Install on a GNU/Linux server


These instructions will work for any of the GNU/Linux distributions where Docker is supported and can be installed.


Only 64 bits distributions are supported. Do not try to install on a 32 bits operating system!



You’ll need a GNU/Linux server. Because of the use of linux containerization technology, other operating systems (FreeBSD, OpenBSD, and others) are not supported.

If you don’t have a server, look at the documentation to rent one: Install in the cloud.


Absolutely required dependencies:

A containerization technology such as docker or podman.


You can have your normal user in the docker group to execute docker commands without sudo (see documentation).

If you are running Ubuntu 20.04 with Docker installed as a snap. Uninstall that and install it without snap. See this issue.

Install docker-compose preferentially with the curl/standalone method to get the latest version, as the repository versions might be outdated and will cause issues. See install docker-compose.

Configure eLabFTW


A proper subdomain is required!

We will install elabctl, a tool to help you manage the elabftw installation. It is not required to install it but it is quite handy so it is recommended (also it’s just a bash script, nothing fancy). If you you do not wish to use elabctl and just want a YAML config to edit, see instructions below for advanced users.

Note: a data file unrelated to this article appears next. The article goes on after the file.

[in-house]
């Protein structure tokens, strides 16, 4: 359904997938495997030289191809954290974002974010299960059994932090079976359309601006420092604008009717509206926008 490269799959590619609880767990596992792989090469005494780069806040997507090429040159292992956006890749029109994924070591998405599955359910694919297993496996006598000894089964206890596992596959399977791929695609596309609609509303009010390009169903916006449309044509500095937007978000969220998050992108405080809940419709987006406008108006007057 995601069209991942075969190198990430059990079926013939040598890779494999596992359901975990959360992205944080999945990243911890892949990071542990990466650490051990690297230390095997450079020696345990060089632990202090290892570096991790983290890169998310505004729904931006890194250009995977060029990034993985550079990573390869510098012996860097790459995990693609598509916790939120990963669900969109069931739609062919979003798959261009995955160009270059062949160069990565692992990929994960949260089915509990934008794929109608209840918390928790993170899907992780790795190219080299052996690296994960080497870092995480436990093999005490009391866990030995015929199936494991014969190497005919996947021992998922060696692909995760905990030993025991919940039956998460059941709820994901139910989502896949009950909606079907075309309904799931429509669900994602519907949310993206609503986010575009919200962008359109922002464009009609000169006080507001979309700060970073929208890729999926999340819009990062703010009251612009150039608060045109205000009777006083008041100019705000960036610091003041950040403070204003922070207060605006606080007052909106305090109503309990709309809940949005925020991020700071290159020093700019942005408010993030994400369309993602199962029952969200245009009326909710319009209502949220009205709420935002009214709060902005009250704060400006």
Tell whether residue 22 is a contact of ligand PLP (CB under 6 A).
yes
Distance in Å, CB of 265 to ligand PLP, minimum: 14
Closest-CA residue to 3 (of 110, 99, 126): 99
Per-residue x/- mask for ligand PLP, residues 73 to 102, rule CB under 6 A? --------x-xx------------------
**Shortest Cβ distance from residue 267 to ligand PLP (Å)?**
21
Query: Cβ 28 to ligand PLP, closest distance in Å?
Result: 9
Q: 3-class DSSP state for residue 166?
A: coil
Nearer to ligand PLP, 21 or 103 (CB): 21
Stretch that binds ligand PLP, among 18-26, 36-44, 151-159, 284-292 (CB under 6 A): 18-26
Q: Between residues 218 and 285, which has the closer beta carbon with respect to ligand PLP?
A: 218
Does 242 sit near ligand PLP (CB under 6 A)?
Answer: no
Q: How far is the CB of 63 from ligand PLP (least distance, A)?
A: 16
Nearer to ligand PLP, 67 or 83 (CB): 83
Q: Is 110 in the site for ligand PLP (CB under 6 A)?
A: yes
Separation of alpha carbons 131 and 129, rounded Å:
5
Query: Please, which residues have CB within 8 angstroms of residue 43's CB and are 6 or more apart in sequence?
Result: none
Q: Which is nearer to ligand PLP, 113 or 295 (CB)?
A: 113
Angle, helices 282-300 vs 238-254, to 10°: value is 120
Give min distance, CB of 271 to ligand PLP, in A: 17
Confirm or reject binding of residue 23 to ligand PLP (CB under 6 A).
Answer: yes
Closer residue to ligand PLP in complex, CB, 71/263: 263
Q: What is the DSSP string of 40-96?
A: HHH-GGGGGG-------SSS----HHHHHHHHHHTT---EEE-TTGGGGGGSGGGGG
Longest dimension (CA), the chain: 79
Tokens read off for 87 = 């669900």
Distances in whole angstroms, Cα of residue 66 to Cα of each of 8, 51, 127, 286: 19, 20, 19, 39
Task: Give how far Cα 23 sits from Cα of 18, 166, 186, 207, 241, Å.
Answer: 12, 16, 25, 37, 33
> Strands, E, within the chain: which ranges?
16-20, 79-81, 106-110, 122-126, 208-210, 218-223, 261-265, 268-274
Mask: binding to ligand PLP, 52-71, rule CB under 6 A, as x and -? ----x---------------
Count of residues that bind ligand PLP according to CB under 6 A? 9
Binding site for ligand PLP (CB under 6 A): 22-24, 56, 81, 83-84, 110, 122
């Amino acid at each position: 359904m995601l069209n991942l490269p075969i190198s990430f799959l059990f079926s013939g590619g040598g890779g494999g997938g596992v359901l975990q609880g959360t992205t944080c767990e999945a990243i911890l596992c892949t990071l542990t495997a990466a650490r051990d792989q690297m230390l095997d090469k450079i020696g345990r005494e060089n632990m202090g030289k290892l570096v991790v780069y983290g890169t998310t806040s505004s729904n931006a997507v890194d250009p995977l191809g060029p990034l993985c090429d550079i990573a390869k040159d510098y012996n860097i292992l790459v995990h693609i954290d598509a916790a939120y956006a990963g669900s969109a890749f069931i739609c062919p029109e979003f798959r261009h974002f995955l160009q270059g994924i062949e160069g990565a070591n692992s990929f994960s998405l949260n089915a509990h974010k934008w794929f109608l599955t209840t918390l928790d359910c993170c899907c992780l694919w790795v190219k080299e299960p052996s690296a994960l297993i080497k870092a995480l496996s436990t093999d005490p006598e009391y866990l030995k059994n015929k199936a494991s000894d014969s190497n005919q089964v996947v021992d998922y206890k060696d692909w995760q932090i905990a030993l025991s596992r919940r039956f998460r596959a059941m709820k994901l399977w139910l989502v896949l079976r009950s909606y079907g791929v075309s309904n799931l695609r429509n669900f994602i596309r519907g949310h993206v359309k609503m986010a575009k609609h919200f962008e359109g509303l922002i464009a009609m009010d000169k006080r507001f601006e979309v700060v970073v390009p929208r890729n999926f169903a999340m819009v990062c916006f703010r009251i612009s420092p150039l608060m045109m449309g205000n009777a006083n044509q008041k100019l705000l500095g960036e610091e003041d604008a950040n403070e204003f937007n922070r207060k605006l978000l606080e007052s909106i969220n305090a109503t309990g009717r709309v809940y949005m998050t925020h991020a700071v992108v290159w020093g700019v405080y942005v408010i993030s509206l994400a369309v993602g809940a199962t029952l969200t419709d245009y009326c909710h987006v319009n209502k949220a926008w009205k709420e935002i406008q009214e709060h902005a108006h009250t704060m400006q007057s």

Without elabctl (advanced users)

Get the config with:

curl -so docker-compose.yml ""

Edit this file and docker-compose up -d to launch the containers.

Initialize your database

  • Import the database structure with:

elabctl initialize
# same as: docker exec -it elabftw bin/install start

Replace “elabftw” in the command above by the name of the elabftw container if yours is different (for instance if you have several containers running with redis as session handler). You can check this with elabctl status/docker ps

Register a Sysadmin account

Point your browser to https://<>/register.php

Post install

Don’t forget to setup backup, and subscribe to the newsletter!

The next step is to read the Sysadmin guide.


Documentation for advanced setups

Using a TLS certificate from a different provider than Let’sEncrypt

The webserver in the container expects TLS certificates to be in a particular order and format. Make sure that your fullchain.pem file contains certificates in this order: <certificate> <intermediate ca> <root ca>, with PEM encoding.

Using Apache, nginx, HAProxy or traefik as a reverse proxy

All the documentation related to such configurations can be found here.